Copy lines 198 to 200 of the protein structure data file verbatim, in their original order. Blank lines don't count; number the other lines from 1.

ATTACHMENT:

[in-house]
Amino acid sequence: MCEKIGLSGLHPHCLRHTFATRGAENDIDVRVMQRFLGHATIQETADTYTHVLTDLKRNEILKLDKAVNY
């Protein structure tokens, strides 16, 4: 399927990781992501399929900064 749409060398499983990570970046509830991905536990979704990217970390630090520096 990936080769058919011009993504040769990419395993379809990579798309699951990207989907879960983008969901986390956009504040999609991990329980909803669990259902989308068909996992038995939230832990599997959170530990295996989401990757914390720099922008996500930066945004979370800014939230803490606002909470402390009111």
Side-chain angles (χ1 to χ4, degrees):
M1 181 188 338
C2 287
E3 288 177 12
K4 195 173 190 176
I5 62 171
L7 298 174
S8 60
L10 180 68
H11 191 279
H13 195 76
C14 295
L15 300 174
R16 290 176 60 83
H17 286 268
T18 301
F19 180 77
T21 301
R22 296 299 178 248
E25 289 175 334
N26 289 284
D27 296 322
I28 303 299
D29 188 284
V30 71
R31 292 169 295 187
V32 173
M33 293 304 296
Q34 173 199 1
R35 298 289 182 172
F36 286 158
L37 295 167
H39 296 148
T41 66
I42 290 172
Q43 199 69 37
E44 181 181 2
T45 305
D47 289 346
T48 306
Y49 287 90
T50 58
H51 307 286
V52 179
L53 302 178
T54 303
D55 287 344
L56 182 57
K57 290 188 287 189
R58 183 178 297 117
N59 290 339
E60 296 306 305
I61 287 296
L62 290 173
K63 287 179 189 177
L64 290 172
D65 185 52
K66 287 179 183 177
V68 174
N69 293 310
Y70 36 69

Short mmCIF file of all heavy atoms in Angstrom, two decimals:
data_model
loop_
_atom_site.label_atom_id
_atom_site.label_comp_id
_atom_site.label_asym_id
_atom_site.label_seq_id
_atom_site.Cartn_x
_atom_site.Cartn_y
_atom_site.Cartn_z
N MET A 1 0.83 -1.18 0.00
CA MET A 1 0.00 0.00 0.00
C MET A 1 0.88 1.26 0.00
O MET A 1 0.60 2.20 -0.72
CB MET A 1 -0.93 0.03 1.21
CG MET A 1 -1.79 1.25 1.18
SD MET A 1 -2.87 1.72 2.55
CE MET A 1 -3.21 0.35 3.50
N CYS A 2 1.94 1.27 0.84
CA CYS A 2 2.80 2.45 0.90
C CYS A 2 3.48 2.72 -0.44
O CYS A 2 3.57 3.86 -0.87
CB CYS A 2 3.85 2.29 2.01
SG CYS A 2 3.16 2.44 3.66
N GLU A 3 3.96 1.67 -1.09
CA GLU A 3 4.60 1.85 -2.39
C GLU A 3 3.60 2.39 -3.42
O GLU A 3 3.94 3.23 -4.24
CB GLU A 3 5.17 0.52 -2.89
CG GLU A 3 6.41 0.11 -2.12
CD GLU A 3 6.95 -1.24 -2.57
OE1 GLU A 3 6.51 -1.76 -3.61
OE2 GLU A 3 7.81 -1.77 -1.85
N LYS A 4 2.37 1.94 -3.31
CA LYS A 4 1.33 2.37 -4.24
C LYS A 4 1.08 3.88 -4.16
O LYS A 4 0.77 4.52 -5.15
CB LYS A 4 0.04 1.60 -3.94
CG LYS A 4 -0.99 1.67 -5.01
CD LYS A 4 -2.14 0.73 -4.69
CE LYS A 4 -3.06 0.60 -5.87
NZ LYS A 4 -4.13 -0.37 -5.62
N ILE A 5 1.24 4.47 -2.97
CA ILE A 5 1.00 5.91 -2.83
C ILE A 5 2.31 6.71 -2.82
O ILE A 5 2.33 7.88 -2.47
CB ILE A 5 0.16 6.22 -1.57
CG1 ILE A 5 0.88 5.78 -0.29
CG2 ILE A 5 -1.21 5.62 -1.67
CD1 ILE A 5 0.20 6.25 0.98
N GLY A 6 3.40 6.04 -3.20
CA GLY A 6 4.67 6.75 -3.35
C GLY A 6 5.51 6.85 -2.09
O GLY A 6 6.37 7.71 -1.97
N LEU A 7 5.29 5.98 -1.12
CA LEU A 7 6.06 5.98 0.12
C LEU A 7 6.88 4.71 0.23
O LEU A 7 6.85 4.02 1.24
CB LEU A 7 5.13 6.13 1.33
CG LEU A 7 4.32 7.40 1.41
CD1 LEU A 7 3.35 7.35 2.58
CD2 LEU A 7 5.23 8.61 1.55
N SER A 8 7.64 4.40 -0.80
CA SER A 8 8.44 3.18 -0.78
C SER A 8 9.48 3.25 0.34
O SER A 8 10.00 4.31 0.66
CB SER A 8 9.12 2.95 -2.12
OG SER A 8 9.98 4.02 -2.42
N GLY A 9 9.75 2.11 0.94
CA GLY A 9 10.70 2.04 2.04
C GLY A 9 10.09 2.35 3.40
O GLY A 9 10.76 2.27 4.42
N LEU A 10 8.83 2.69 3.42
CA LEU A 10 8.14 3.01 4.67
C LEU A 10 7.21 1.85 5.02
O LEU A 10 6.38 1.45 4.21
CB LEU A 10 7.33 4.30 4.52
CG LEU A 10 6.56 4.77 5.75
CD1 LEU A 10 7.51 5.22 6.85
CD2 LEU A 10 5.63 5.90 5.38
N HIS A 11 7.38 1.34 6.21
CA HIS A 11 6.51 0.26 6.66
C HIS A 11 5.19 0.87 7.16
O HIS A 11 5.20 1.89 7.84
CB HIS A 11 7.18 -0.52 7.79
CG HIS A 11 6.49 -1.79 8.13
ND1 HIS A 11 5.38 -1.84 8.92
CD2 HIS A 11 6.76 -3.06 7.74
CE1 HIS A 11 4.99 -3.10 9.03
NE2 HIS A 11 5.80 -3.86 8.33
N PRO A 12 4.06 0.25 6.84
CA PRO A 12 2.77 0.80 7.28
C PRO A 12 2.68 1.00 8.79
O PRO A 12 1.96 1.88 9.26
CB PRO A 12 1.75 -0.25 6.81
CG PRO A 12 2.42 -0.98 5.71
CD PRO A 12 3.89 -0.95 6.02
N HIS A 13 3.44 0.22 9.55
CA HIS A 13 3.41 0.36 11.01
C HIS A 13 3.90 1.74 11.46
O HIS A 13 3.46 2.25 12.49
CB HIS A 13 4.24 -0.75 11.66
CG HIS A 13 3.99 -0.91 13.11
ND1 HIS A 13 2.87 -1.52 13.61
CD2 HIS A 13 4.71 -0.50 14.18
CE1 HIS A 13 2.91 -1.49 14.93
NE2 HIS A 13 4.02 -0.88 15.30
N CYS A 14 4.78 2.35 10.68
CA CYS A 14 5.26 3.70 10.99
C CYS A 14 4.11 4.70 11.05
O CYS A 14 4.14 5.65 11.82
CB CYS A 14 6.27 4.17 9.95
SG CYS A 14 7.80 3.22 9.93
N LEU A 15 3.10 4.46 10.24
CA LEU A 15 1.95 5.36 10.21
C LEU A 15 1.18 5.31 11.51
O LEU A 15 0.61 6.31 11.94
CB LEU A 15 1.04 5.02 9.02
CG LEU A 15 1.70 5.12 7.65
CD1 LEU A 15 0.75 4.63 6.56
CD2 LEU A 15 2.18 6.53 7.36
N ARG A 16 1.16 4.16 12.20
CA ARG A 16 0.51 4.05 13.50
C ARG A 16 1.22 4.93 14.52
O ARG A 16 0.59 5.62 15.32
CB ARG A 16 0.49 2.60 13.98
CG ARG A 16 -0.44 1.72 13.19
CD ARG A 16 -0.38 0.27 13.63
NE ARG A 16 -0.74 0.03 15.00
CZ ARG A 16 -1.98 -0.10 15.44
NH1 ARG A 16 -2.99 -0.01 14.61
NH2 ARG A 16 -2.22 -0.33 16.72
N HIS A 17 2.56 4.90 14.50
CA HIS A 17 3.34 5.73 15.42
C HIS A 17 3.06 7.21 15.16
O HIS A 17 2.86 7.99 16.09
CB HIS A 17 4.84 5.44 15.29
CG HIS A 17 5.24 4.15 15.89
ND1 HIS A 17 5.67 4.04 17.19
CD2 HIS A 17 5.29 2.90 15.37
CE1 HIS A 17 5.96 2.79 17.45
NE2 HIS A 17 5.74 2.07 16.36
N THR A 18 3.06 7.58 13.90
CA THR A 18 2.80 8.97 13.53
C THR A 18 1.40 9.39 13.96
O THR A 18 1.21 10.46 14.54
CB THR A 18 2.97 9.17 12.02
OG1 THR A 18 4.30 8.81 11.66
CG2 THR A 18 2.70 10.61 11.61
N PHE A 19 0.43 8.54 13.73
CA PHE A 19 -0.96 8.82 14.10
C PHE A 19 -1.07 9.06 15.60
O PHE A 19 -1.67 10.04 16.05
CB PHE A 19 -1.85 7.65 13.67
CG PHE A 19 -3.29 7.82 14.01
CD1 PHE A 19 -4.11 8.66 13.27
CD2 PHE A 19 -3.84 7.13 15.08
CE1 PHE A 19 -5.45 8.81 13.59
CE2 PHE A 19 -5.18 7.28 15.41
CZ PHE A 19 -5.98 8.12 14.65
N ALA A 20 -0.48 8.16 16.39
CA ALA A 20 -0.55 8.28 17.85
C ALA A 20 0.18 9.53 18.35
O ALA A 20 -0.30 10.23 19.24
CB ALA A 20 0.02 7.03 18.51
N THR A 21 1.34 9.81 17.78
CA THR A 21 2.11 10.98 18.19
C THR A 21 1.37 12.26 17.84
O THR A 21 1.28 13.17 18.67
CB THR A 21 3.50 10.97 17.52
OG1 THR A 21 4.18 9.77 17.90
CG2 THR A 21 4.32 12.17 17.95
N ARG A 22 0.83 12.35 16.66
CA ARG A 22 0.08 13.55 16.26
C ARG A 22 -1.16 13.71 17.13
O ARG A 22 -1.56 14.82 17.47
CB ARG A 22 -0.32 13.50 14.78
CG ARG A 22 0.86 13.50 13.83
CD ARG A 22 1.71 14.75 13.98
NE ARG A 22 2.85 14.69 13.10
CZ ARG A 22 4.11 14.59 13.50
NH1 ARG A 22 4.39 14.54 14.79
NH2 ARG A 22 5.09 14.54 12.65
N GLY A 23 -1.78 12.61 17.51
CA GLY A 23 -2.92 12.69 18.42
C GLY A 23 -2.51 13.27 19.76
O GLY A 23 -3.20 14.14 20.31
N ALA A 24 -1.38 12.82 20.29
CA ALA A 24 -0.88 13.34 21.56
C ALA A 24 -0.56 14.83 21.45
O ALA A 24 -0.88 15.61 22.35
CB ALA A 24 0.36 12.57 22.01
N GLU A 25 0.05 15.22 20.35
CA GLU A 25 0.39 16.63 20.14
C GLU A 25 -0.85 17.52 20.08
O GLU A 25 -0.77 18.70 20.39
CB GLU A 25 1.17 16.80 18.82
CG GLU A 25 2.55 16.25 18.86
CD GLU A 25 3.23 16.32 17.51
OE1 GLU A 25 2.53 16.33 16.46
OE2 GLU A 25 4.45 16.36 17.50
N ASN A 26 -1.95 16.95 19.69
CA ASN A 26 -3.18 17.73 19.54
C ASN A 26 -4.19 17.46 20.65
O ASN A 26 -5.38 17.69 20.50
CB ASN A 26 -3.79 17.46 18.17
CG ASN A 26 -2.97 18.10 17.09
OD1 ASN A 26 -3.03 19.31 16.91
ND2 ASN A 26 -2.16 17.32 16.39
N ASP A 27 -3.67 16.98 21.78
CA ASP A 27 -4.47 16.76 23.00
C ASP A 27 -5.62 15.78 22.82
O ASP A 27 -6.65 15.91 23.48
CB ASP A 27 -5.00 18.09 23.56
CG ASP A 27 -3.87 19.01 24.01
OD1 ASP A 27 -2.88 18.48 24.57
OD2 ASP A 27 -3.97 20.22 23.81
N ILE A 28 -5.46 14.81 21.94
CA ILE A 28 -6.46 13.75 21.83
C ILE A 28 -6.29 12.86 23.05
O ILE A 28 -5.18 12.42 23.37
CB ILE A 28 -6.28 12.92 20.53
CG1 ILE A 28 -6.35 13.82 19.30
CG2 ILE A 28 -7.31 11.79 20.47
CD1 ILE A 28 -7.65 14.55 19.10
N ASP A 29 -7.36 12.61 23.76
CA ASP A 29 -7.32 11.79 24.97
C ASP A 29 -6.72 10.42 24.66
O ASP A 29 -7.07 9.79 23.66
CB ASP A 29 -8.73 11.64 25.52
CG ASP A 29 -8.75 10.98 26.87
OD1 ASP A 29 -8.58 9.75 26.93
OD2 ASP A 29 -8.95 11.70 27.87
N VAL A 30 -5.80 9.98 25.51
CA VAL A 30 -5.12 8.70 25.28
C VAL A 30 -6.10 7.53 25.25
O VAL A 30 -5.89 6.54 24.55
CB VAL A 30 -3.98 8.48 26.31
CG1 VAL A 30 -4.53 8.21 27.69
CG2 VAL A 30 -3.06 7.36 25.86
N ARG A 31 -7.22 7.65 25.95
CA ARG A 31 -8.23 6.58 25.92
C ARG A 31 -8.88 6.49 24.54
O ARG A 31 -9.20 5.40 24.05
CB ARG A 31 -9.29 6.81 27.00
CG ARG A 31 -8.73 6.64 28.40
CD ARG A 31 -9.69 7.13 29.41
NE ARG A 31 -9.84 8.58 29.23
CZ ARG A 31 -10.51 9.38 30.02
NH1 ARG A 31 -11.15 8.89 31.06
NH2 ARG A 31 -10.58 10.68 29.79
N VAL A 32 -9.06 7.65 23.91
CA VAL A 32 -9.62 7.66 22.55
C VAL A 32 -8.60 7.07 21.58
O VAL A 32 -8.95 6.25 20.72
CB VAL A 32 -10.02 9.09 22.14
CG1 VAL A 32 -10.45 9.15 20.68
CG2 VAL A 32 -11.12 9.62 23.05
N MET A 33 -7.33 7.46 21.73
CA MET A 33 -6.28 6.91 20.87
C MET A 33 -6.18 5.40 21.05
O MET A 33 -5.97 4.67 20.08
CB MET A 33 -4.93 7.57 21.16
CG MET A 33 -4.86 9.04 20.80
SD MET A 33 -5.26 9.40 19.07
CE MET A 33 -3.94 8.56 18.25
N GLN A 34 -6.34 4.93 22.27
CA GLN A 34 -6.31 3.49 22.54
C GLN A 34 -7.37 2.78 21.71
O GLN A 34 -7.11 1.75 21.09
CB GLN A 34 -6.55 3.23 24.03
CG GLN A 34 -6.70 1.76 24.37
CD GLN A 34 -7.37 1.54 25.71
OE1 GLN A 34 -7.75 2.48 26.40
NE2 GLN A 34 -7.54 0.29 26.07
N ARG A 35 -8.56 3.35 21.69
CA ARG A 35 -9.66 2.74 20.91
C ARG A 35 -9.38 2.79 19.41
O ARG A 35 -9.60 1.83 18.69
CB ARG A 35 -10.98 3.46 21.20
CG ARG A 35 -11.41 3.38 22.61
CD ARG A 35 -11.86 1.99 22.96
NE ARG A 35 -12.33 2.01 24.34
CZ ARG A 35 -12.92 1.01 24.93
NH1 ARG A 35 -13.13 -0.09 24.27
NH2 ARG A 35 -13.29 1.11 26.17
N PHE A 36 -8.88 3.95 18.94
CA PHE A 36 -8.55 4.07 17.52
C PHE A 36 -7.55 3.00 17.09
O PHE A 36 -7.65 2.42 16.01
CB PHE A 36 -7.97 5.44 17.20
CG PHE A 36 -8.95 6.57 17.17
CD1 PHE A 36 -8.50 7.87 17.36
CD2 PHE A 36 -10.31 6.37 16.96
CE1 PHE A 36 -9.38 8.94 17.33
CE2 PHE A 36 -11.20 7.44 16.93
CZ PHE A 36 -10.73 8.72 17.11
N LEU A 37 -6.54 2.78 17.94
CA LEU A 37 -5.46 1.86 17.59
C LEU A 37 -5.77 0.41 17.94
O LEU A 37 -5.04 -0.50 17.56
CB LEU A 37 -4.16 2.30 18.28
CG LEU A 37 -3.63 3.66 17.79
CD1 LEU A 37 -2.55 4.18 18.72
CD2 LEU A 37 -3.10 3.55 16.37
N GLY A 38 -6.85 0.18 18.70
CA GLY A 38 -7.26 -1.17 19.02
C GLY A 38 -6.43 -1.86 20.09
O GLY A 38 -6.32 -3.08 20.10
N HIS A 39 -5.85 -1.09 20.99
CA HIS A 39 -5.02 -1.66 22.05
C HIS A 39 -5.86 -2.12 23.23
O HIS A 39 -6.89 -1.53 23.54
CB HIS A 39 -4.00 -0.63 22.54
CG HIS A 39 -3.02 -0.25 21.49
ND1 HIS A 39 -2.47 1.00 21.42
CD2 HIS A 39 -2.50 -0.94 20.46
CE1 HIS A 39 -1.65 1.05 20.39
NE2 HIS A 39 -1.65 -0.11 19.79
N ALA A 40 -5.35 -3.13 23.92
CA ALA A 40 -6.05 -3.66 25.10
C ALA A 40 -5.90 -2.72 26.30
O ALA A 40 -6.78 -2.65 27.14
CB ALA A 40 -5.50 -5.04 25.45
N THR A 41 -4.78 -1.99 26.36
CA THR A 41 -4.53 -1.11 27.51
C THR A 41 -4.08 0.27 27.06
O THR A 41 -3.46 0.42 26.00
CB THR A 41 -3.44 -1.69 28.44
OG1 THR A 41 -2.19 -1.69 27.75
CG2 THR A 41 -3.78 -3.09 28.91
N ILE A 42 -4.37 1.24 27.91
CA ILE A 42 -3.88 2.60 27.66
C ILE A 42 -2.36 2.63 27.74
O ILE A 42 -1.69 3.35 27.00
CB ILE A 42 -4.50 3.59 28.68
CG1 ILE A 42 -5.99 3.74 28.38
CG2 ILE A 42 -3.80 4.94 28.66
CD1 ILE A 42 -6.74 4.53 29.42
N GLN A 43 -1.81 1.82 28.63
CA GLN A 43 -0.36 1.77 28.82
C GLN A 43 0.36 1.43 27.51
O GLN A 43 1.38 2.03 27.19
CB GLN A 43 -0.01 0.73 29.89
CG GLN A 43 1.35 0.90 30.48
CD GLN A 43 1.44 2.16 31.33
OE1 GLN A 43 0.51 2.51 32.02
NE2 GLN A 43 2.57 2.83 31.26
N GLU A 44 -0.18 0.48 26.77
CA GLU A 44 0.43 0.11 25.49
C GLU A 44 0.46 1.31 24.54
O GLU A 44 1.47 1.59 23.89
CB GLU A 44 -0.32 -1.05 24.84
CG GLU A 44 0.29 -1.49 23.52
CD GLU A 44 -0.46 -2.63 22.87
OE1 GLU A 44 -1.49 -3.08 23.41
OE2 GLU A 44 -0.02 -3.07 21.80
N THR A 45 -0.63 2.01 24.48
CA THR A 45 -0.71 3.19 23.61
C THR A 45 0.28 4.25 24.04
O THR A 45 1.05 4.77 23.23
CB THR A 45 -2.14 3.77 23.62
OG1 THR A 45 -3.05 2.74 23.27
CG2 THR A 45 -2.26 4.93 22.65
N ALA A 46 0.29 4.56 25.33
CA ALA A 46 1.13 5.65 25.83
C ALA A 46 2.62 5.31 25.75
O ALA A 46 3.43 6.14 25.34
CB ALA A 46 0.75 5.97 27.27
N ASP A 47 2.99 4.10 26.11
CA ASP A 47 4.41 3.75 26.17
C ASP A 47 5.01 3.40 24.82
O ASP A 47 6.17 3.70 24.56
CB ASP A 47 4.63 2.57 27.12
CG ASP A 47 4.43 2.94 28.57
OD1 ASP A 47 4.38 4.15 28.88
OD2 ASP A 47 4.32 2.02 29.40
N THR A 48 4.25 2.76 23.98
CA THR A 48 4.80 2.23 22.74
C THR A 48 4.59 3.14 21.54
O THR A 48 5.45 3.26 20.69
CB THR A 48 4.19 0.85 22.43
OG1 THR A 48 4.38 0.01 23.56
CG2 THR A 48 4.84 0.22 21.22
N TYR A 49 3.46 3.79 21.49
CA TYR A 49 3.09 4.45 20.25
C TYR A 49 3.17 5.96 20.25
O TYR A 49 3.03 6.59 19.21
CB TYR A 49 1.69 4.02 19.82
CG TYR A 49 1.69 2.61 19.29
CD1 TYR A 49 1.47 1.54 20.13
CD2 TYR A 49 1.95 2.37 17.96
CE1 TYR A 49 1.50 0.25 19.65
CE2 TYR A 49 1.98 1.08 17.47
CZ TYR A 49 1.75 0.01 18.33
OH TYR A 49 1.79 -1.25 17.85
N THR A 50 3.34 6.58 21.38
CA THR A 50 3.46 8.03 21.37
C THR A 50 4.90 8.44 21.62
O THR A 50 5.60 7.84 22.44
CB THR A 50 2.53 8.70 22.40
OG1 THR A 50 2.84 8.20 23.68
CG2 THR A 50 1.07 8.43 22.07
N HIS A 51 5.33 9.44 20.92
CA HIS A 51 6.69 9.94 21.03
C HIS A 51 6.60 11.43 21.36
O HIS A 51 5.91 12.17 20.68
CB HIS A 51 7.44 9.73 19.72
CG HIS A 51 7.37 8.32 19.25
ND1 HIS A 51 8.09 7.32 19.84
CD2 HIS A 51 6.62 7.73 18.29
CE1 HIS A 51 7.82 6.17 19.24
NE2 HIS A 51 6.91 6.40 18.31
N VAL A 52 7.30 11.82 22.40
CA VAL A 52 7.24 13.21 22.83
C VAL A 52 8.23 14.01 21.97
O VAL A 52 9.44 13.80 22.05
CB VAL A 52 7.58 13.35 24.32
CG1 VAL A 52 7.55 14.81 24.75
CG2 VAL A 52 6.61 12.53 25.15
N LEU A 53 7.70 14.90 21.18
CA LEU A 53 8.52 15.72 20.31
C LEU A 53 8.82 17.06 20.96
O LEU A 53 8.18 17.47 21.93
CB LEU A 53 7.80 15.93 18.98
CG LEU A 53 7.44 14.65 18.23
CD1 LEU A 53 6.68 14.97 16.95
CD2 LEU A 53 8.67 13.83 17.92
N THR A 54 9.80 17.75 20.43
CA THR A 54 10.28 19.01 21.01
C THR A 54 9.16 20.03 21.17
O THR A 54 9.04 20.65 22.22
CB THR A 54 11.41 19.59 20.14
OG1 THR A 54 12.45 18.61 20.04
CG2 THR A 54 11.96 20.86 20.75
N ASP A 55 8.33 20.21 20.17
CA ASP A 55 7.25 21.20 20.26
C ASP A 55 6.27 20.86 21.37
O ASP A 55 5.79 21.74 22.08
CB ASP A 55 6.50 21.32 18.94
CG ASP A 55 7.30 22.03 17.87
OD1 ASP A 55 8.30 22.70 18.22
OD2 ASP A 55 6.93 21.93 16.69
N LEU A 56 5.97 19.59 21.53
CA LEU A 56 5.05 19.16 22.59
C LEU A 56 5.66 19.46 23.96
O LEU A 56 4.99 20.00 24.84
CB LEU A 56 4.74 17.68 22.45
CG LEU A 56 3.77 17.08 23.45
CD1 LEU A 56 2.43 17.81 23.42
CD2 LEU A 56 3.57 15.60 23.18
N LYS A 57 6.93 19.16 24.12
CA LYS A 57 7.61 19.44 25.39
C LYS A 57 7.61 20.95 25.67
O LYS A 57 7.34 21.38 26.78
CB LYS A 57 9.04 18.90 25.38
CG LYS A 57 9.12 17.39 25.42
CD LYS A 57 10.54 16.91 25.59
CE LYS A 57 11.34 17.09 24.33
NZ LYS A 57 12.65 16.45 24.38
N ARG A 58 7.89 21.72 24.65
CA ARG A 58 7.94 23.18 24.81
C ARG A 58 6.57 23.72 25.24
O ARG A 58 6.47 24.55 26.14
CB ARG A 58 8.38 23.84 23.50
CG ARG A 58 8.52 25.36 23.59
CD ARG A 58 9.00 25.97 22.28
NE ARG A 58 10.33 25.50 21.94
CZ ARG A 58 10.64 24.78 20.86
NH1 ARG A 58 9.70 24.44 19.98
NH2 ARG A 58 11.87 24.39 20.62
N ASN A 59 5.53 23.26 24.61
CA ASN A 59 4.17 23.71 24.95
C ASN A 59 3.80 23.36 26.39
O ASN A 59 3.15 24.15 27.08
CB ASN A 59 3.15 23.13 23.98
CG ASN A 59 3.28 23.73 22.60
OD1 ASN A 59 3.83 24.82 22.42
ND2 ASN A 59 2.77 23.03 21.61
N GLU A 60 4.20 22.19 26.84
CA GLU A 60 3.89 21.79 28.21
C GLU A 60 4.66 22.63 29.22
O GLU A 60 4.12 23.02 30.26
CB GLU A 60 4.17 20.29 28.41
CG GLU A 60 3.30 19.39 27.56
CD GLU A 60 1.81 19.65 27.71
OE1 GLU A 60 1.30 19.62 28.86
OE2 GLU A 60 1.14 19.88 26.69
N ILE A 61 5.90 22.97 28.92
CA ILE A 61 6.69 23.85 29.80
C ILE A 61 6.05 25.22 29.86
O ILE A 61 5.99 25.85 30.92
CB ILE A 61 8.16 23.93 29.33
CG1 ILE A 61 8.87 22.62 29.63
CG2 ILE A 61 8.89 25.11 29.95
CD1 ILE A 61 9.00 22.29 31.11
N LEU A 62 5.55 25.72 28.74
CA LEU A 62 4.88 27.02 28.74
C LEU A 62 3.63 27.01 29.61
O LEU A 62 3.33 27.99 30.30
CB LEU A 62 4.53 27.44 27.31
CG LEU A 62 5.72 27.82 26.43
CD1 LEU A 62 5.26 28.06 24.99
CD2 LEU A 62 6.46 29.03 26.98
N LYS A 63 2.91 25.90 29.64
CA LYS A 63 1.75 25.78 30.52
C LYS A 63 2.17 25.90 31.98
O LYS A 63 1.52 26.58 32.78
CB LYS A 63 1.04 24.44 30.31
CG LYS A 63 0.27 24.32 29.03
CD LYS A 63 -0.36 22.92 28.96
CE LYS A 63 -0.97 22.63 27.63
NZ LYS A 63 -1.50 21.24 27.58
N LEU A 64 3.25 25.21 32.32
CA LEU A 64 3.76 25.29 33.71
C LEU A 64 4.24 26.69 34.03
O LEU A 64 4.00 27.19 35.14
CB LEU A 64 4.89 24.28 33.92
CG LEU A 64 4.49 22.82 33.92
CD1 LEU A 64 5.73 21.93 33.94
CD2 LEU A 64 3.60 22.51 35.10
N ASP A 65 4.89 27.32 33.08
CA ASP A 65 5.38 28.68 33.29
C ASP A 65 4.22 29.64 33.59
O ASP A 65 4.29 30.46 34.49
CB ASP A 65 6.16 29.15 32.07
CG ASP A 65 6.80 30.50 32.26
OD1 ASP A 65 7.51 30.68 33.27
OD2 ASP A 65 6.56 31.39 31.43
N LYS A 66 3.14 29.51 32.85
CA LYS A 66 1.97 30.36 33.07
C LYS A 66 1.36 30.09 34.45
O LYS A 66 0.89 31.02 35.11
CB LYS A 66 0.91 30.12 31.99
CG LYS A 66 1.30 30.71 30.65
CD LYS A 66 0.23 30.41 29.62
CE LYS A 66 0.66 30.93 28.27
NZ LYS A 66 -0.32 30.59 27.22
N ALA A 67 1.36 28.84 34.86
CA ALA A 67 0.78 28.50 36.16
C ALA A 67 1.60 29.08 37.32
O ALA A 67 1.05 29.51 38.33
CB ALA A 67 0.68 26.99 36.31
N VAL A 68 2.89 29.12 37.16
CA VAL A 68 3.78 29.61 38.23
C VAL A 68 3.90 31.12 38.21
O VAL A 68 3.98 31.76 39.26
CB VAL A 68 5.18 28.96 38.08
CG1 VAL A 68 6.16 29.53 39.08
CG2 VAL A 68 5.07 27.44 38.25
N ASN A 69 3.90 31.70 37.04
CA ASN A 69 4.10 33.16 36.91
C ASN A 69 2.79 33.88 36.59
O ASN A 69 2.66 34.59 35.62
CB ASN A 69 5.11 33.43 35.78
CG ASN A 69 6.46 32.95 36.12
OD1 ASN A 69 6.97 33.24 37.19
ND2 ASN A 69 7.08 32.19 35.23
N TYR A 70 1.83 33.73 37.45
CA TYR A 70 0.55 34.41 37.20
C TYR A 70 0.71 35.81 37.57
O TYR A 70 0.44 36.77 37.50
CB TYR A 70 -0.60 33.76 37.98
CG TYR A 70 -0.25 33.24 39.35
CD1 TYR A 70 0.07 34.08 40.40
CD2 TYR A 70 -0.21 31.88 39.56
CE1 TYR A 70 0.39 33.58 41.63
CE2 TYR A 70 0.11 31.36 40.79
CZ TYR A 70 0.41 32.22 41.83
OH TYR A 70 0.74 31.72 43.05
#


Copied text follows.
CA HIS A 17 3.34 5.73 15.42
C HIS A 17 3.06 7.21 15.16
O HIS A 17 2.86 7.99 16.09